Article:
Businesses of all sizes, from large to small, now make use of social media to interact and engage with customer communities. The sustained growth of social media has altered the way businesses connect with their target audience providing them with a platform for swift and direct engagement. Some of the world largest businesses, which feature in the Global Fortune 100 companies, are active on social networking sites like Twitter and Facebook to harness the benefits of social media interaction. In Wave 5 of UM’s social media tracking study showed that, over the last 2 years, internet users are increasingly using social media with an average growth of 35% in users globally who now manage a social network.
The global growth of internet users and the subsequent linguistic development of the internet to support a multilingual audience is a precursor to a linguistically harmonised environment online. Languages have already played a vital role in the popularity of online utilities and localized websites have gained popularity in markets where English isn’t commonly used.
The Multilingual Web
Thus far, the bulk of social media engagement, by businesses, has remained English centric. All the while, web users from foreign markets increasingly use their native language on social networking sites. The use of foreign languages on social networking sites has become increasingly significant with native English language speakers now only accounting for 26.5% users on the internet. Social media content is being created in many different languages and, to engage effectively with multilingual communities, an international social media strategy has to be developed.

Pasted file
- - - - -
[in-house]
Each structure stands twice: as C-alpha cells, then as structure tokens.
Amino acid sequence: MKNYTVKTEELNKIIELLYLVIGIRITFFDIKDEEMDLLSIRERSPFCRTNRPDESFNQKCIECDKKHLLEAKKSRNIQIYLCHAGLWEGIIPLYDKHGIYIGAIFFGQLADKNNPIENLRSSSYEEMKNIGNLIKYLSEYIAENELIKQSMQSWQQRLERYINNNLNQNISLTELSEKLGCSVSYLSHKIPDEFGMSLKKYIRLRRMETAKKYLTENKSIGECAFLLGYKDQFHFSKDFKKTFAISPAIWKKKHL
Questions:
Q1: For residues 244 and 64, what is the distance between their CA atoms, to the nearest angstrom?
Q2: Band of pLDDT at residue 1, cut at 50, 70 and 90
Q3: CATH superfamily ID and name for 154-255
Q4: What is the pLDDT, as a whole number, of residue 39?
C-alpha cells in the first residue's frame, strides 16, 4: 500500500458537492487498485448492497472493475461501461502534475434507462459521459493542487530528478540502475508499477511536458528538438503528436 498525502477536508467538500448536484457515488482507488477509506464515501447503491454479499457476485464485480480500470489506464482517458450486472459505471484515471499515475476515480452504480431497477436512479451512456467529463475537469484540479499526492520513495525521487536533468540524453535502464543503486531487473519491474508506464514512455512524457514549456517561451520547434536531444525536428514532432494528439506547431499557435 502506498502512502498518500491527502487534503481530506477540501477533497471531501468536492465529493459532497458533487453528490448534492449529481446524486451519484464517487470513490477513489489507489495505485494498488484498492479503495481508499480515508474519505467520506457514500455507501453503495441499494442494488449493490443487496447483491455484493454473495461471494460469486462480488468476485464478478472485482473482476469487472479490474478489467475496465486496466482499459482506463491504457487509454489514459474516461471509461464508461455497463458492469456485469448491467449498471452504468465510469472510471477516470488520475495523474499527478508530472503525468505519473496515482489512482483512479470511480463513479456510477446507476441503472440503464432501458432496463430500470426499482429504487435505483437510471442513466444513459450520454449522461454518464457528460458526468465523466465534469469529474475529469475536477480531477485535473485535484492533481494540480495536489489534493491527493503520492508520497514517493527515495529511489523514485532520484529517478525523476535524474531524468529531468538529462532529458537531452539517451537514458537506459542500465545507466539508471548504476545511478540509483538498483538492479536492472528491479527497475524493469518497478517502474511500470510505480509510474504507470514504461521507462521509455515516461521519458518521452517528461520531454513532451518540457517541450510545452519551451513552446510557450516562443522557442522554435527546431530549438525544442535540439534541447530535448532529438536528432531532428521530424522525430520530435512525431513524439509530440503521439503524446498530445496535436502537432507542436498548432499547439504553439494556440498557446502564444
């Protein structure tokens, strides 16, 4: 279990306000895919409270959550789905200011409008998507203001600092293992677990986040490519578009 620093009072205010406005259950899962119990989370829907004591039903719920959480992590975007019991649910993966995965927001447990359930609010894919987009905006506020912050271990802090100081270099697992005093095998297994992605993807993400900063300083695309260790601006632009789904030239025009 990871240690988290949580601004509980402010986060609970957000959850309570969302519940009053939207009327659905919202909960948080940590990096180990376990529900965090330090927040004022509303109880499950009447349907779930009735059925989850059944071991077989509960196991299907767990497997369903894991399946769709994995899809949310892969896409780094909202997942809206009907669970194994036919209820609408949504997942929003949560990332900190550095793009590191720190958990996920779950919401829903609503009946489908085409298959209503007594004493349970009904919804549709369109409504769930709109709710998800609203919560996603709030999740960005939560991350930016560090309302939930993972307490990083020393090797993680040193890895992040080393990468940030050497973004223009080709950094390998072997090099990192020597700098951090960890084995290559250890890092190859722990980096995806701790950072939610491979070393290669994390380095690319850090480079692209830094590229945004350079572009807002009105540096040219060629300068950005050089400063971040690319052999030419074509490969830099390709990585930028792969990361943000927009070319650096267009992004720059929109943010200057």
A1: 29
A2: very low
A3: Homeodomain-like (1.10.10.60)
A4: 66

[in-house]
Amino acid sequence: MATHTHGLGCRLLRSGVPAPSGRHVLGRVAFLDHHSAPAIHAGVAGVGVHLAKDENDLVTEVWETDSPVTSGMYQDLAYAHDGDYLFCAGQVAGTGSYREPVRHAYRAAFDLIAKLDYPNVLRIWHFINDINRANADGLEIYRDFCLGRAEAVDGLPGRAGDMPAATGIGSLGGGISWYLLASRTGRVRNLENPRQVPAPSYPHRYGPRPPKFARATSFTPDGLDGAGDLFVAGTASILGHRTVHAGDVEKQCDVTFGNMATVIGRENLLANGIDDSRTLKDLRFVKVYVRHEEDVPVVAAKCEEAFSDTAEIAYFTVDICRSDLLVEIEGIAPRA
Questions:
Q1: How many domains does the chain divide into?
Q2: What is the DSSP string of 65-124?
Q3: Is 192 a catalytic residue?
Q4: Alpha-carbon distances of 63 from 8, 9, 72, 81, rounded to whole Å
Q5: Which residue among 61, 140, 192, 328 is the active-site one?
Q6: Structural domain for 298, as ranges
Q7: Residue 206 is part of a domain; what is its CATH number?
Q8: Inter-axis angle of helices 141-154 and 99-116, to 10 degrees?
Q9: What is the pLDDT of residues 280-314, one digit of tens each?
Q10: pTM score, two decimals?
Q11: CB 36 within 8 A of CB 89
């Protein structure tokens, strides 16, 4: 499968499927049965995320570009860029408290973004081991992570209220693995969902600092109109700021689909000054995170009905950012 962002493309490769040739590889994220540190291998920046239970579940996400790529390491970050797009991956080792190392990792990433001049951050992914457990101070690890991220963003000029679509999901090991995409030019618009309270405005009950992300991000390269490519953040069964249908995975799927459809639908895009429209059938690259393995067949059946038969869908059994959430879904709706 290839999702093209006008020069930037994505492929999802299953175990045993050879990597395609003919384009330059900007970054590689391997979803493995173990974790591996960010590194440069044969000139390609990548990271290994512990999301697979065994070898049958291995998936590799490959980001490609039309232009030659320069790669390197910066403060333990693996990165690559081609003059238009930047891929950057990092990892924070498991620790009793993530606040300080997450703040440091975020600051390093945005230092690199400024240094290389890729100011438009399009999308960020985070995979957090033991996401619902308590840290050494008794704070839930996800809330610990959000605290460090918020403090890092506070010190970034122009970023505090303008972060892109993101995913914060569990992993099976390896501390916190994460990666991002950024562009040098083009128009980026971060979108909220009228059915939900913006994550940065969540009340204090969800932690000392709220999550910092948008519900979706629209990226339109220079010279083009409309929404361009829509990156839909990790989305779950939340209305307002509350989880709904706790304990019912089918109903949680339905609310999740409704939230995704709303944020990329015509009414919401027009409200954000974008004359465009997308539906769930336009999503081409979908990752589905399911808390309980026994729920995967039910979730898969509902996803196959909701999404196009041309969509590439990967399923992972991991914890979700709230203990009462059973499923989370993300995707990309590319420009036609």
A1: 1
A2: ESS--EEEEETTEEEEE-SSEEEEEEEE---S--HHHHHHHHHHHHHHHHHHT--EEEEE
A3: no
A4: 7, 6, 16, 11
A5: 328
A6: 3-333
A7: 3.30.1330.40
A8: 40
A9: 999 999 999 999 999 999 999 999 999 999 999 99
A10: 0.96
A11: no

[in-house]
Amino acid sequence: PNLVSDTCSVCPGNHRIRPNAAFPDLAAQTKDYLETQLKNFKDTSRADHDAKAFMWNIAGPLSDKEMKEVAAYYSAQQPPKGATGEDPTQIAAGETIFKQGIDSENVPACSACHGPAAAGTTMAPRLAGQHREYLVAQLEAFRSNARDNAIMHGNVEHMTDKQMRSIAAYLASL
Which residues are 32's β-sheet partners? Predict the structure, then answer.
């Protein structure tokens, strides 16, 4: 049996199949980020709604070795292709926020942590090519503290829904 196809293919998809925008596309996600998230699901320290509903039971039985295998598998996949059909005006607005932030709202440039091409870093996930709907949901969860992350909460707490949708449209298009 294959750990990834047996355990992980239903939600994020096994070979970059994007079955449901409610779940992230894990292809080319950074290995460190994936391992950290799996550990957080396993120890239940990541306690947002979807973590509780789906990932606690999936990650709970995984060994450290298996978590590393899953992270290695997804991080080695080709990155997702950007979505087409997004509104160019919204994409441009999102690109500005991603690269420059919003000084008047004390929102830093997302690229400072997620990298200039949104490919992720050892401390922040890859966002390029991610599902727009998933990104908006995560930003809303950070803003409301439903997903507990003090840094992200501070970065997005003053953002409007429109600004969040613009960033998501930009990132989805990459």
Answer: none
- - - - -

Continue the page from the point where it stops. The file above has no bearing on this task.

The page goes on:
Researching Social Media Markets
The differences that exist amongst users from different countries are not only restricted to languages, but also on how they like to engage online and where they are concentrated. Understanding the specific characteristics of a market, its consumer demographic and their behaviour will allow a company to create a tailored plan. Research is vital as it will allow a company to locate popular social networking sites in a market and how to engage through these sites. A company expanding into China will have to use Sina Weibo, China’s answer to Twitter, because it is the most popular micro-blogging service in the country.
An online social need of users is satisfied by high quality content that is relevant to their particular culture. For this reason, country or language specific accounts are recommended; large brands like Coca Cola have country specific pages for e.g. Coca Cola Egypt on Facebook to engage with customers with a local flavour.
Multilingual social media monitoring is vital in order to interact and engage with multilingual web users. Cross-platform publishing and monitoring tool like HootSuite or Sprout Social can be used to manage social media activity on an international scale.
Apart from using local language to engage with web users in foreign markets, knowledge of local trends and use of colloquial words and terms will have a positive impact on a company’s image. It is recommended that a native language speaker is used for social media engagement in foreign markets to connect naturally with an audience.
Content being published across a range of social networking sites has to be translated or transcreated for international use. This again requires the use of native language speakers as they can adapt the content for an audience.
The need for multilingual social media engagement will only grow in the coming years and getting a head start will be very beneficial in the long run. Customer engagement is vital for continued success and having an online conversation with a global audience only enhances a company’s reputation worldwide.